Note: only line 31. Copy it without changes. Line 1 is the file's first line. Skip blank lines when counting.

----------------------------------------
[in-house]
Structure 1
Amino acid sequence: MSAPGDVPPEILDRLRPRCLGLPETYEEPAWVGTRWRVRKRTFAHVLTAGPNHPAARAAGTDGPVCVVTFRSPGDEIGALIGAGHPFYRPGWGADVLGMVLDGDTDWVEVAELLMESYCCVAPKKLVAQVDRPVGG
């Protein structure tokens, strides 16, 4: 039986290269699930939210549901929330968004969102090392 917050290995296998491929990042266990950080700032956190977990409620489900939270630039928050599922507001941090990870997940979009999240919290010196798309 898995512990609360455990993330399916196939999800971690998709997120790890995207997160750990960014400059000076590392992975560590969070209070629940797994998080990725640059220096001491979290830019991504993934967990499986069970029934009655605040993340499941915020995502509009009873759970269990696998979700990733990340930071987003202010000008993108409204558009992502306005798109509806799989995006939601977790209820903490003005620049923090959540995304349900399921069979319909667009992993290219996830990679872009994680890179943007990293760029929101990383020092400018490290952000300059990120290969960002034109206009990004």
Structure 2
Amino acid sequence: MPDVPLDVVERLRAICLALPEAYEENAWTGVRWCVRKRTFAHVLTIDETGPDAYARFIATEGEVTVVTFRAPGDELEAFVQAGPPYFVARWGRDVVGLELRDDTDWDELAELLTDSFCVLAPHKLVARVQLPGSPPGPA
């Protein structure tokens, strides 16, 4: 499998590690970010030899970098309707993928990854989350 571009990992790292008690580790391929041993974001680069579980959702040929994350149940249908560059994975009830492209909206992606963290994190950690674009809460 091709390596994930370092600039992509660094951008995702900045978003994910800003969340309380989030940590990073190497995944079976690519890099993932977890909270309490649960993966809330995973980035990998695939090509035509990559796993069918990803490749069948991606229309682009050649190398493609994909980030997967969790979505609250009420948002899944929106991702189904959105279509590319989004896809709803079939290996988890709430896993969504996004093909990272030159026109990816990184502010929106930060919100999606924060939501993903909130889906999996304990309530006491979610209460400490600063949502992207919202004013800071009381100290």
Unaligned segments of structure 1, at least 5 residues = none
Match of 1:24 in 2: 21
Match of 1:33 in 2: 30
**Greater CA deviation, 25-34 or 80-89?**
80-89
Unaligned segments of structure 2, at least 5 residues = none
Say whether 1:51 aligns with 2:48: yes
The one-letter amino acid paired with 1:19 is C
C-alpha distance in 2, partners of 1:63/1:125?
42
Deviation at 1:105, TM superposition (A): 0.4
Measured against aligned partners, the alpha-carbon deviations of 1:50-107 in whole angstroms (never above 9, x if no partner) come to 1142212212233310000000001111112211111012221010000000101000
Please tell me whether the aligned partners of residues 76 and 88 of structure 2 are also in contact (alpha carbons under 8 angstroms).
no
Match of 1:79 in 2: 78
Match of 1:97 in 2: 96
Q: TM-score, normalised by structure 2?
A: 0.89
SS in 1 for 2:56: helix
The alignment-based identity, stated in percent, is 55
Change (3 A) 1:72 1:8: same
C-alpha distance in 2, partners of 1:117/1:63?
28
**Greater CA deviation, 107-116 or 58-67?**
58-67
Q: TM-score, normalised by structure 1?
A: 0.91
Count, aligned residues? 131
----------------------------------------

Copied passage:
**Greater CA deviation, 107-116 or 58-67?**